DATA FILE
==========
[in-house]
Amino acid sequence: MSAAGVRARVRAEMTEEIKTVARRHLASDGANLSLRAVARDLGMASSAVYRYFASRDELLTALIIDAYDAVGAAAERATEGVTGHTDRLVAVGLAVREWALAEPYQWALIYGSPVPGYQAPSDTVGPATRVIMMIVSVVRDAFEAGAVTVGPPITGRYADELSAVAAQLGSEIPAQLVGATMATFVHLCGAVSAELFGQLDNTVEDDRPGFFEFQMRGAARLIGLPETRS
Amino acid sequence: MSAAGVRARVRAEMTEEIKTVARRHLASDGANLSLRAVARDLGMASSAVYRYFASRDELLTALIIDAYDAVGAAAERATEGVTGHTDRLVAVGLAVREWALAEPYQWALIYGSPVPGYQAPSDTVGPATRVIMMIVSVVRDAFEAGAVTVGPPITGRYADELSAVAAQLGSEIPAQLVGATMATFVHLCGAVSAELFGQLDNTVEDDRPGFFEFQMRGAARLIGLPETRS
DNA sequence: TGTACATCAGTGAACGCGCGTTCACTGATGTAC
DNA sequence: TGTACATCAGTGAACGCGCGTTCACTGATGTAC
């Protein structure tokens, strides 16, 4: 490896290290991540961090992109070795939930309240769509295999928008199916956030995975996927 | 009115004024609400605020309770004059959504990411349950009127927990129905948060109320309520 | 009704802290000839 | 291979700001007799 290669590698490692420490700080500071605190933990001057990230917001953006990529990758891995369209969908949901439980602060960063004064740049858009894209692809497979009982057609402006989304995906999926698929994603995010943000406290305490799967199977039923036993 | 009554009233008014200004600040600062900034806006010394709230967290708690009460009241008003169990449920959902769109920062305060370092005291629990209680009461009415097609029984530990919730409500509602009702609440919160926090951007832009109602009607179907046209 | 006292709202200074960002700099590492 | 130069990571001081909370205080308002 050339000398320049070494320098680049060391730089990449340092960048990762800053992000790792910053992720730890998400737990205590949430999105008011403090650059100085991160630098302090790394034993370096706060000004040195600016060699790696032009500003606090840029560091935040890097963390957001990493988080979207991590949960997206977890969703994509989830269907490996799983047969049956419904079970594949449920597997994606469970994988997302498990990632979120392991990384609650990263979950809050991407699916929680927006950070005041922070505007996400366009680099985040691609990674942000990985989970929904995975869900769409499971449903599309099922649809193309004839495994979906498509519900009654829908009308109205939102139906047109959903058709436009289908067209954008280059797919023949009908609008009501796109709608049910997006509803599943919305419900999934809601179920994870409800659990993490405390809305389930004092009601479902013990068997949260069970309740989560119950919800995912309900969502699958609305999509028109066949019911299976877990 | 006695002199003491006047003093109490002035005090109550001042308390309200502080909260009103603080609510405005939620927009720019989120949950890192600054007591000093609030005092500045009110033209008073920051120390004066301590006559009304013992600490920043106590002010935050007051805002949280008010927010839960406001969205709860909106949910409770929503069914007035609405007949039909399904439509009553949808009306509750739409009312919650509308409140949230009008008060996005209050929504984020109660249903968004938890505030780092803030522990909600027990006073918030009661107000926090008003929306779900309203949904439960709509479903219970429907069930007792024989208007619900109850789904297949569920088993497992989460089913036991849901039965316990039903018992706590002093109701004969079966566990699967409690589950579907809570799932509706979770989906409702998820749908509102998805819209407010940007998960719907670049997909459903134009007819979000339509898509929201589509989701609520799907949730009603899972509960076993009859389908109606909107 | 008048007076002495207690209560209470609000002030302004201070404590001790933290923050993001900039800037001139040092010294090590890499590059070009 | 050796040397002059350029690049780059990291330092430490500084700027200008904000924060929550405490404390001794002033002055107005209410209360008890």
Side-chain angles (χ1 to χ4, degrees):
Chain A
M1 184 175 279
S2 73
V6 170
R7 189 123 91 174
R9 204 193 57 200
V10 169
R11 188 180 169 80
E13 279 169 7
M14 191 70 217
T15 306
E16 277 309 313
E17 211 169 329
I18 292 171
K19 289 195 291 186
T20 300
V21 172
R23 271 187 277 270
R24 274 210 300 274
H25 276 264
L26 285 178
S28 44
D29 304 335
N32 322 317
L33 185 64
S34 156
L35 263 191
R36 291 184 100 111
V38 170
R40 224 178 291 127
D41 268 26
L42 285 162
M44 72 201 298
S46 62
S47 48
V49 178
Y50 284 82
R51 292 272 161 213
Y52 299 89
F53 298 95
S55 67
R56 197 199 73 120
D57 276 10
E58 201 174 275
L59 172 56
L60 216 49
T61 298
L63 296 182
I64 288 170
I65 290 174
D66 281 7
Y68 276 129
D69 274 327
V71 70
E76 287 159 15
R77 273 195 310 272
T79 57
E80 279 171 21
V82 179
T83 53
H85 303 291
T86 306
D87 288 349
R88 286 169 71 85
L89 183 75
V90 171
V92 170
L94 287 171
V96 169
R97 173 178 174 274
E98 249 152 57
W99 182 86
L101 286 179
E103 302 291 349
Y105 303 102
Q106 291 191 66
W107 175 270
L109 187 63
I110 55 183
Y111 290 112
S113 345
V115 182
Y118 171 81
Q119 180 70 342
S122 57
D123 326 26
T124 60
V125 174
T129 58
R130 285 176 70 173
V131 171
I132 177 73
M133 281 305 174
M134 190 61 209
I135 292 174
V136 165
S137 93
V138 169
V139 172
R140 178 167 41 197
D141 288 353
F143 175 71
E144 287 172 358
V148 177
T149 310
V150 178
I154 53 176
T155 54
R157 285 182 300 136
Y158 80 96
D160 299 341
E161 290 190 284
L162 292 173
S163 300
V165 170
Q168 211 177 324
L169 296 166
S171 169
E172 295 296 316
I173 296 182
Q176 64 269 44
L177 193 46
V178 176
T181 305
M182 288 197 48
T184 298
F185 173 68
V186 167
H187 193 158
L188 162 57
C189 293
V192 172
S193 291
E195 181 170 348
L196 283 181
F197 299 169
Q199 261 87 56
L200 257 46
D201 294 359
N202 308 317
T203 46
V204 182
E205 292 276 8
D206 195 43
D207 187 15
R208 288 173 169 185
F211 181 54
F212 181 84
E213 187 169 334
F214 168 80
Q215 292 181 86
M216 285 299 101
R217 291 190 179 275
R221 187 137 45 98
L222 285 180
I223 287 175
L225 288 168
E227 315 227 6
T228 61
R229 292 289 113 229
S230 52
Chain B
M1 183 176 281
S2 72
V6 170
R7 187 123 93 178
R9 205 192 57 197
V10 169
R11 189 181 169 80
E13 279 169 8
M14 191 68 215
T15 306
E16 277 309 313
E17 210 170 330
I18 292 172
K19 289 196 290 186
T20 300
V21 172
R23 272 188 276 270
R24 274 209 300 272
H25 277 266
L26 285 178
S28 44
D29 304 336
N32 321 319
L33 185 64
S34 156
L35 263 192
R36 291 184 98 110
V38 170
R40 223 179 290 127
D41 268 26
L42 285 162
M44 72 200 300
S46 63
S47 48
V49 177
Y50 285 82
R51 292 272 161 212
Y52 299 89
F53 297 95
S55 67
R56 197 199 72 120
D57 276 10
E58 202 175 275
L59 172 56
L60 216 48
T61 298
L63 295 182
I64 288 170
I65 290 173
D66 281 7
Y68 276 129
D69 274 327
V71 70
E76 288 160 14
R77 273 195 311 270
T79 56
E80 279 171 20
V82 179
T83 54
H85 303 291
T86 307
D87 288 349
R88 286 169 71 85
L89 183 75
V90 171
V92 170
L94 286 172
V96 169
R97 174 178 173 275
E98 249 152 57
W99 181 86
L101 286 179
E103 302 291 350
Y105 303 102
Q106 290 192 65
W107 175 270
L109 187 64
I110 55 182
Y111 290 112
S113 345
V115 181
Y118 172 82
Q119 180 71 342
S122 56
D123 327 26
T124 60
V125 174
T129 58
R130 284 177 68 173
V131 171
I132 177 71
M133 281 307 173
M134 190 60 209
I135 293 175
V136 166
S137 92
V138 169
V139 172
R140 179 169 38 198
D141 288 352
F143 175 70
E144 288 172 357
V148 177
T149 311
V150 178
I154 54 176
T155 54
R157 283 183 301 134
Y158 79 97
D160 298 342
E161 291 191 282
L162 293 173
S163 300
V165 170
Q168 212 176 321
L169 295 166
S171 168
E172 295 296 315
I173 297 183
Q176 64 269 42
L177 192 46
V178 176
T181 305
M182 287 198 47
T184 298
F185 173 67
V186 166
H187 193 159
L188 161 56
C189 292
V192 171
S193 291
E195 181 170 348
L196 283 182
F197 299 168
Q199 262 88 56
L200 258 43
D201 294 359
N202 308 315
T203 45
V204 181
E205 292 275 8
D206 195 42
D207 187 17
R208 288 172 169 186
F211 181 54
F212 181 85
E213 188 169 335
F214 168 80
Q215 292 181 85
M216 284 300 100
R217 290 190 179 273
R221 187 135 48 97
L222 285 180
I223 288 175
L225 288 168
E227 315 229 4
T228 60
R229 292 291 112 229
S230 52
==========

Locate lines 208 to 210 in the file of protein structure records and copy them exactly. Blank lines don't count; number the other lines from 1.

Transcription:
F53 297 95
S55 67
R56 197 199 72 120